Friday, April 14, 2006

Yesterday my sister and I were shopping at Barnes & Noble when we noticed a commotion stirring outside. It seems that someone had carelessly tossed a cigarette butt out of a car window, igniting a bush in the parking lot on fire. When I realized it was dangerously close to my car, I ran to move it. When I came back in, my sister said, "Wow, a real burning bush!"

The incident reminded me of some thoughts I had while reading through Exodus a while back. I shook my head in disbelief as I read all the excuses he made when God spoke to him from the burning bush, then I realized Moses and I have much in common.

First, Moses reveals his own identity crisis. “Who am I, that I should go before Pharaoh and lead the sons of Israel out of Egypt?” Was he not taught, at the knee of his mother, of the patriarchs, of Abraham, Isaac and Jacob? Surely, he must have known he was one of God’s chosen people.

God reply was simple, “I will be with you." He didn't even bother to assure Moses of his personal worthiness. In essence, I think God was saying, "Moses, it's all about me."

Next Moses says, “But God, what if the people don’t believe me?” Hmm, perhaps he had embarrassing recollections of the Hebrews’ reaction to him slaying the Egyptian and hiding his body in the sand.

Rather than arm Moses with a well-rehearsed speech arguing His existence, God proceeds to show Moses a glimpse of His mighty power such as the children of Israel had never before seen. Moses’ staff becomes a snake and his hand becomes leprous. Blessed are those who, not seeing, believe. But God knew the Hebrew children would need to see this powerful God in action.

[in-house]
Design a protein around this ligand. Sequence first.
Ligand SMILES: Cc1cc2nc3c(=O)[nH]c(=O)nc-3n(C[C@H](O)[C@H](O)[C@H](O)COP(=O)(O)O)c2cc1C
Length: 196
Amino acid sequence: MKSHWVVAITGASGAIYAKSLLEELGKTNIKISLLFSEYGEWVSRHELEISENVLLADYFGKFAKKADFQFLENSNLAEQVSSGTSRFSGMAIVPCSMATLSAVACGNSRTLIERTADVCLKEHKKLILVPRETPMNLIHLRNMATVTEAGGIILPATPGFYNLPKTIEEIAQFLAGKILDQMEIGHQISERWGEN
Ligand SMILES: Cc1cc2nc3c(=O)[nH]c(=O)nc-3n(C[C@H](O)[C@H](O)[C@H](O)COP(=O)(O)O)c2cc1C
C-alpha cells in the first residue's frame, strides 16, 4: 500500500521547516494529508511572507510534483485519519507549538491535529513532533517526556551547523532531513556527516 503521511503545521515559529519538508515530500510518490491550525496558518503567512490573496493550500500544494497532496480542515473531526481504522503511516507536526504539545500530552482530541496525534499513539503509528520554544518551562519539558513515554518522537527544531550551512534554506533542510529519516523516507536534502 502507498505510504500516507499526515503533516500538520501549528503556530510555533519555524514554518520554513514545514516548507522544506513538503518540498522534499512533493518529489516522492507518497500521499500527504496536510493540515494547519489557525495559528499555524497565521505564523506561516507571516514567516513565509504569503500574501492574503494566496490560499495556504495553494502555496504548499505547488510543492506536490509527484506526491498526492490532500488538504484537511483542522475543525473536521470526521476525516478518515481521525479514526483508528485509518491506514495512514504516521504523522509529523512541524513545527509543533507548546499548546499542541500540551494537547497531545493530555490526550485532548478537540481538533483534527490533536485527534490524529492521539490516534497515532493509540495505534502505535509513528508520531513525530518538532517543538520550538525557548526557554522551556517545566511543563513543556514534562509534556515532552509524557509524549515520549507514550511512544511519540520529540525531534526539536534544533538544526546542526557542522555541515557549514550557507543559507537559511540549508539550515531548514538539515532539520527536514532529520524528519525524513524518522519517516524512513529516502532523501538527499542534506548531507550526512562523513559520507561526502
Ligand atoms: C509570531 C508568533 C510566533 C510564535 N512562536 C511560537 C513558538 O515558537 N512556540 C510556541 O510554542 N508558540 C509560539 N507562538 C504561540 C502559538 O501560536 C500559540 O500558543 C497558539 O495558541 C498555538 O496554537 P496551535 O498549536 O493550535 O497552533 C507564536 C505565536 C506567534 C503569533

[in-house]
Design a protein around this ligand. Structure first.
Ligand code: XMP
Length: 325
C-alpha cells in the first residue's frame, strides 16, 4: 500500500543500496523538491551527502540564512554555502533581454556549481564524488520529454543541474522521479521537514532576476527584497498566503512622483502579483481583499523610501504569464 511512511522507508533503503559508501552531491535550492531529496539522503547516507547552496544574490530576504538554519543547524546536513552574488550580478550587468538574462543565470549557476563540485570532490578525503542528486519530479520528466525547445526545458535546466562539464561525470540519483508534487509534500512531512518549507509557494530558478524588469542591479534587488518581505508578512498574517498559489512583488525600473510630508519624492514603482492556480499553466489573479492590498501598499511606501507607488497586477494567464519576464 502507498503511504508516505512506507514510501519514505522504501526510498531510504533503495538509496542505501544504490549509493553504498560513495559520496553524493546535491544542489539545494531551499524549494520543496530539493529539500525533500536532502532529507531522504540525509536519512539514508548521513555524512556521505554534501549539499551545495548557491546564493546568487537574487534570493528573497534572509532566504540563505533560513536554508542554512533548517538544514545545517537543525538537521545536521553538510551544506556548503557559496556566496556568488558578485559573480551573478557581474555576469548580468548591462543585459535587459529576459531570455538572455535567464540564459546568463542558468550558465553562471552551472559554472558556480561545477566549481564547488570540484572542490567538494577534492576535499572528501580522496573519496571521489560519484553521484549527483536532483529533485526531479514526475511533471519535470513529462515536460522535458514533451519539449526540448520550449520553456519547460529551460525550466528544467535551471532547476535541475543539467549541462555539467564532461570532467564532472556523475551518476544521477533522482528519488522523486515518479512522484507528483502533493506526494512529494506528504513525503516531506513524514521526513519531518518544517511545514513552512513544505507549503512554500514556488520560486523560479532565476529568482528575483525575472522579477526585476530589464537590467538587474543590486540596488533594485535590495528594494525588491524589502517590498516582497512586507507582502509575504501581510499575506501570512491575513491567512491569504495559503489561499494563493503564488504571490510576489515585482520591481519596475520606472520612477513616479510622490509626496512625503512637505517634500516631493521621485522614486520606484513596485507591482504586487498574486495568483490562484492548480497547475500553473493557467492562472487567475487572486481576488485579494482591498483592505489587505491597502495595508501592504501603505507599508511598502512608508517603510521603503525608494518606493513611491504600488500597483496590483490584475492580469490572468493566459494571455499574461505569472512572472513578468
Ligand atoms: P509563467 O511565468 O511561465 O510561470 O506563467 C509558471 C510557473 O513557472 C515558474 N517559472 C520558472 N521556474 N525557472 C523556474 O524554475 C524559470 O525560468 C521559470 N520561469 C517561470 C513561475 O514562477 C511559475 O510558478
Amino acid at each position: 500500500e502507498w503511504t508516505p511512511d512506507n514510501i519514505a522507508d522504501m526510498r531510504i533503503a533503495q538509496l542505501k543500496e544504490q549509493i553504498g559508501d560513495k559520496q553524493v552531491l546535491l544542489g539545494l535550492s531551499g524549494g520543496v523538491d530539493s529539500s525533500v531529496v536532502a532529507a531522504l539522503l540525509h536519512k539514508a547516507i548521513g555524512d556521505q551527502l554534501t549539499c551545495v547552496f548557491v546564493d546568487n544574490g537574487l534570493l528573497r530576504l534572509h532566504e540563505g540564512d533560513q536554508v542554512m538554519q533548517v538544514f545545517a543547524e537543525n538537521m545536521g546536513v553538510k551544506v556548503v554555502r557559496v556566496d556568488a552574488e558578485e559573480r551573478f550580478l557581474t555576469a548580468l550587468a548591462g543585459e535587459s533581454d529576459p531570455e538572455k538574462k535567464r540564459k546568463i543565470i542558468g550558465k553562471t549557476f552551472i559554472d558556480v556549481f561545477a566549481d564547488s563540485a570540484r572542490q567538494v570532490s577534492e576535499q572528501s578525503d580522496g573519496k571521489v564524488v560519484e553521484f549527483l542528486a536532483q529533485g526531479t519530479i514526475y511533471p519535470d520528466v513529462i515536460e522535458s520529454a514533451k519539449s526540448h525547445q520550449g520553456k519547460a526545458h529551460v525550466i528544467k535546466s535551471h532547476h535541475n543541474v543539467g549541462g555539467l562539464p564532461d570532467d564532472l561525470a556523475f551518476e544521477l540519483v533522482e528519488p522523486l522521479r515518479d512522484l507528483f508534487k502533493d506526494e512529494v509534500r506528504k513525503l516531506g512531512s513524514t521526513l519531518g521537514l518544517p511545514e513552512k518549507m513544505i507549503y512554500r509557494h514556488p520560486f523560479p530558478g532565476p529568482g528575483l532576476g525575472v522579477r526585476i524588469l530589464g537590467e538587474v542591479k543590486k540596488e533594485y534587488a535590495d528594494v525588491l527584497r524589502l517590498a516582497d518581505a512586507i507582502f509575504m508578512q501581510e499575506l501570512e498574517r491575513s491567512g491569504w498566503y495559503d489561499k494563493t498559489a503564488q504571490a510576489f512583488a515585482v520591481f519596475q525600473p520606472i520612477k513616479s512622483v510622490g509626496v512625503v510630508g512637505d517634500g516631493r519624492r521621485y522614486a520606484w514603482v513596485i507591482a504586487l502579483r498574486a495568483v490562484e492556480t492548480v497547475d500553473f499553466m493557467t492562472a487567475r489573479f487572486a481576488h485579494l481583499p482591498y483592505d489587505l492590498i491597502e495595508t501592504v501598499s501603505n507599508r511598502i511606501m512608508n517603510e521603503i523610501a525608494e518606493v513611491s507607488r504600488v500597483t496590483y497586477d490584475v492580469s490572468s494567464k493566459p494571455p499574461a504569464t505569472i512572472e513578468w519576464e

Once more, Moses confesses his feelings of inadequacy. “God, I never have been eloquent. Speaking always makes me nervous, Lord. I’m still nervous just standing here talking to you now. I’m not anymore equipped to speak to those people than I was before I bumped into that burning bush a few minutes ago.”

Once more, God patiently reminds Moses that the One who gave him a voice will teach him what to say.

In each of Moses' excuses, I find my own voice, whining to God. And in each of God's responses, I find renewed encouragement to do that which He has set before me. Sometimes I get so impatient with myself, especially where writing is concerned. But seeing how Moses spent eighty years of his life preparing for the task God had for him, I guess I ought to be patient too. After all, I know it's not about me anyways!

1 comment:

MacroMoments said...

Dianne, this is by far one of my favorite entries you have posted. It's so honest, and I can relate to everything you wrote. I'd like to meet the person who doesn't feel inadequate in one way or another, but what a huge encouragement to know that the same God who "gave Moses a voice" will also teach us when to speak up and when to be still.

Thank you for boosting my faith today.